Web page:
**Challenge problems**

There are a number of exercises I would very much like people to try. They contain a lot of insight, and I hope they are gettable, and if they are not gettable, I want to improve them. If anyone tries these, please let me know. I am happy to give hints, and help in all ways (as I am with all exercises). The ones I am most curious about, in order of appearance, are:

- 13.2.F (“smoothness is insensitive to extension of base field”).
*Update October 10, 2012: as discussed in the 25th post, one of the two directions is not gettable at this point; this half has been moved.* - 22.4.J(b) (a sister to 26.2.J below)
- 26.2.G(b) (in particular, I want to be sure I’m not mistaken in thinking that local finite presentation is not needed in the argument)
- 26.2.J (especially (b), which is used in Kleiman-Bertini)
- 26.2.K (I am
*hoping*this is straightforward)

September 26, 2012 at 7:22 am

So, I think that in the more recent literature there *is* a consensus about what an unramified morphism is. Namely, it is a morphism which is locally of finite type with vanishing relative differentials. This is how Raynaud defined it in his book on henselian rings. This definition has the advantage that a closed immersion is always unramified. Moreover, an unramified morphism can be characterized as one which is \’etale locally (on source and target) a closed immersion.

When I first wrote the section on unramified morphisms for the stacks project, I used the EGA definition (using locally of finite presentation). This is still in the stacks project (as G-unramified morphisms) because we never remove material from the stacks project (although we can move it to the obsolete chapter). Although “G-unramified” fits well with the notions of syntomic, smooth, and etale morphisms, it turns out that virtually all the later results for G-unramified morphisms, are valid for unramified morphisms. On advice of David Rydh, I then changed it to the current definition. I really urge you to reconsider your choice, or make an even bigger disclaimer in the text.

September 26, 2012 at 3:16 pm

Hi Johan,

Great, I’m convinced. I’ll make this change, and have a caveat in the reverse direction (that EGA uses local finite presentation, but that the current consensus appears to be locally finite type). This slightly messes up the nice trichotomy of the EGA definition, and perhaps makes unramified morphisms in more out of place compared to smooth/etale. But that’s life.

September 26, 2012 at 8:05 am

In the stacks project there are likely many places where the argument given isn’t optimal. I’m very keen on finding improvements in exposition. I’ve looked at the exposition on smooth morphisms a while back and most of the arguments related to smoothness seem to be relatively slick, except for perhaps the proof of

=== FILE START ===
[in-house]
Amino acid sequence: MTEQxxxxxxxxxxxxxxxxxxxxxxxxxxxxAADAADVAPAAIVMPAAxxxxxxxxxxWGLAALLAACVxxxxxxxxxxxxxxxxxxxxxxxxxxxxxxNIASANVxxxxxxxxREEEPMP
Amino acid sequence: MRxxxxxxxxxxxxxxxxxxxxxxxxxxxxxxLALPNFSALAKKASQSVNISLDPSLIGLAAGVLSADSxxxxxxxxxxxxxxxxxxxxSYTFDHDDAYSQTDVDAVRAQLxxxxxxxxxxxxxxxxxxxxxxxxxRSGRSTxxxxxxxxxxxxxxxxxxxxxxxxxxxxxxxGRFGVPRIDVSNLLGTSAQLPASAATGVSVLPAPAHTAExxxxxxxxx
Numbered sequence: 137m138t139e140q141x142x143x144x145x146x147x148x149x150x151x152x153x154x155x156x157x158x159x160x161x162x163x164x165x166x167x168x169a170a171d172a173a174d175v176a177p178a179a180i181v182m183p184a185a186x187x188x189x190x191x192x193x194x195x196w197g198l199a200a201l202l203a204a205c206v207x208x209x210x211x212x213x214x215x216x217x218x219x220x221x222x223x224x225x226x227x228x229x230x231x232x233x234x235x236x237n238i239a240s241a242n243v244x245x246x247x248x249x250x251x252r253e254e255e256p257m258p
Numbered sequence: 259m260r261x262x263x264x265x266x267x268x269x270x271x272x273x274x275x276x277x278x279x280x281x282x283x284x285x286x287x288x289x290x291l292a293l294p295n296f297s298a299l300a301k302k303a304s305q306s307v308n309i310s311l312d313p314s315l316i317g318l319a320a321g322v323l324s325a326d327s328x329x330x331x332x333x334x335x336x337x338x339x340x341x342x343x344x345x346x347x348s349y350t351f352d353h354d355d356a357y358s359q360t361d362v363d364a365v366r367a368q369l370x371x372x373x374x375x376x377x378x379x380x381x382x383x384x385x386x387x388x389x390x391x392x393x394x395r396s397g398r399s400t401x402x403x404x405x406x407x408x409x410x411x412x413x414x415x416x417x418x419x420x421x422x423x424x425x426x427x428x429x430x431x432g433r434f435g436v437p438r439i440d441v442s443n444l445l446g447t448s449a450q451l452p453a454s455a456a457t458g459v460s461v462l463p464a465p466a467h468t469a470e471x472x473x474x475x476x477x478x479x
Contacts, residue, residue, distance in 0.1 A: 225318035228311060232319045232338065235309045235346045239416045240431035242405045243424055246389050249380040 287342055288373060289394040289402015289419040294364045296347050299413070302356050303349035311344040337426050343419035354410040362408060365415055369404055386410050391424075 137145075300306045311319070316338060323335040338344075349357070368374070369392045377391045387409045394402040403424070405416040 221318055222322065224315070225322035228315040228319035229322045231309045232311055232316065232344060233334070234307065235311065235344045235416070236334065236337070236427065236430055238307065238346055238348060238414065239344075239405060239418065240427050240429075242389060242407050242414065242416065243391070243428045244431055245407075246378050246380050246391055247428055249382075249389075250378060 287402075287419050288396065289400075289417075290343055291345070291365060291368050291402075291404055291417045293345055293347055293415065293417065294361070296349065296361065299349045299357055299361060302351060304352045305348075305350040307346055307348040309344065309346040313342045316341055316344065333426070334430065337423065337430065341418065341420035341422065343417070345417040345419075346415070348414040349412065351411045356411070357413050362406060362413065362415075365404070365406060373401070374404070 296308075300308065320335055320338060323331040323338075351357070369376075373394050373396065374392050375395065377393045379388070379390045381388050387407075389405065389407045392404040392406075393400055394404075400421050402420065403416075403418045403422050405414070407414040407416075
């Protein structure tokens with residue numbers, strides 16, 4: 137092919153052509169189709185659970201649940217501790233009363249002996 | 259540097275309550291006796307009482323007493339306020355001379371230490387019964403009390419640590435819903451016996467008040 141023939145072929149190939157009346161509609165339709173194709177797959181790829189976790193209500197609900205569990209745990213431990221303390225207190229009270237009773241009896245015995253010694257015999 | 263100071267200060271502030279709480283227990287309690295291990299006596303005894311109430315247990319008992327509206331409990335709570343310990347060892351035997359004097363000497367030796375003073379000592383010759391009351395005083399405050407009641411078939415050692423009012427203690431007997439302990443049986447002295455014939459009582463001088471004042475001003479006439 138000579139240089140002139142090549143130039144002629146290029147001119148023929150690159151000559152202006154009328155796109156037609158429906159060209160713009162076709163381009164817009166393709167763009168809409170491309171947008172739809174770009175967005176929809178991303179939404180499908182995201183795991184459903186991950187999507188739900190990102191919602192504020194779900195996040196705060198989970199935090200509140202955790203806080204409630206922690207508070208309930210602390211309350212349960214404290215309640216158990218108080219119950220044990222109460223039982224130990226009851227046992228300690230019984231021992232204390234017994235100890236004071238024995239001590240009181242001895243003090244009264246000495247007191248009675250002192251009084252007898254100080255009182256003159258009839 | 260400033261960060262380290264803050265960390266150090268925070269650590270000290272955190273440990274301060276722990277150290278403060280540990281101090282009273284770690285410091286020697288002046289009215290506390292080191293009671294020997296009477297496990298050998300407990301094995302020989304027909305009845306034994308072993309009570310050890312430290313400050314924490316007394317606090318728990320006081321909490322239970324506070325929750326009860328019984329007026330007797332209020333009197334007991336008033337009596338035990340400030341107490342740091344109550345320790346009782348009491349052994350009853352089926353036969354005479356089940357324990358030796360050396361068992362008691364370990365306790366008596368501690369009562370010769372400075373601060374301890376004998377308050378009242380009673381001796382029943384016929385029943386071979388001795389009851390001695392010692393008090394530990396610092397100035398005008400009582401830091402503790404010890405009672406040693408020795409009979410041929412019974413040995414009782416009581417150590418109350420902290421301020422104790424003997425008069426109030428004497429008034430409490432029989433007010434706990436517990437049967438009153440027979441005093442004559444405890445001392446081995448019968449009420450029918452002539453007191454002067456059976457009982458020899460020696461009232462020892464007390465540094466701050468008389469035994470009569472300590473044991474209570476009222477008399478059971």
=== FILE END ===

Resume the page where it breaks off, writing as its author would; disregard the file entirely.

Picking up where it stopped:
Lemma Tag 00TF: “a flat finitely presented ring map with smooth fibre rings is smooth” (see the blog post entitled “Smooth ring maps” on the stacks project blog[). However, now I think we can improve/shorten/simplify the proof of this lemma, using the argument of the proof of 26.2.4 in FOAG. Somehow this argument is missing completely from the stacks project (why?). In factHere is the link.-R]Lemma Tag 07REis a very weak version of it but its proof doesn’t use the correct argument. There may also be a simplification in the section on lci maps. I’ll try to get to this next week sometime.PS: Lemma Tag 00TF as formulated only assumes flatness on the level of local rings, so some version of openness of flatness may be required there.

September 26, 2012 at 3:20 pm

I agree that the stacks development is slick. It’s been some time since I looked at the proof of 00TF; I don’t remember being bothered by it, but I always found this the key sticking point, so my standards would have been low (and my memory is hazy).

I should have mentioned that in the development in the notes, in the non-Noetherian case, I need a stronger local criterion for flatness than I proved (and I just give a reference to the stacks project

tag 046Z). I have just added this to the post above.September 26, 2012 at 4:34 pm

See this commit for the first change related to this discussion. More to come.

September 26, 2012 at 4:46 pm

Actually, this change also fixes the proof of 00TF as the first thing that proof does is use Lemma Tag 00SY whose proof I just fixed. The rest of the argument is straightforward. It isn’t as short as the proof in FOAG simply because we rely on the material on relative global complete intersections which I think is fine for the stacks project.

September 26, 2012 at 4:49 pm

Excellent! I’ve not yet done more than skim it, but I’ll read it in detail soon. I find this quite straightforward now. I’m unaware of seeing it in such a straightforward way before (except perhaps in conversation with you around 2000).

September 27, 2012 at 6:20 pm

Scattered remarks about the current (Sept 25) treatment of smoothness:

First, I was too hasty in dismissing the proof of [GW, Lemma 6.26]. It relies on the usual deep results on regular rings, as in [M-CA], including the regularity of A^n_k, but that’s ALL you need to accept. IGNORE the ref. to Example 6.5. The y is just some maximal ideal inthe polynomial ring mod ideal I gen. by the f_i. Mod out y to get a field K, so m_y/(m_y)^2 is a K-vector space. The local ring at y is regular of dim n. The Jacobian det at y is nonzero “in” K. If K-linear independence failed, would have a sum of polynomials g_i.f_i in (m_y)^2 (always mod I), with not all g_i in m_y. Now take all the partial derivatives of this sum and find a contradiction. [It looks to me, from Th. 19.5 of [M-CA], as if the argument even goes through with any regular ring in place of k. I’m no expert, and do not yet understand why there is so much focus on smoothness over fields.]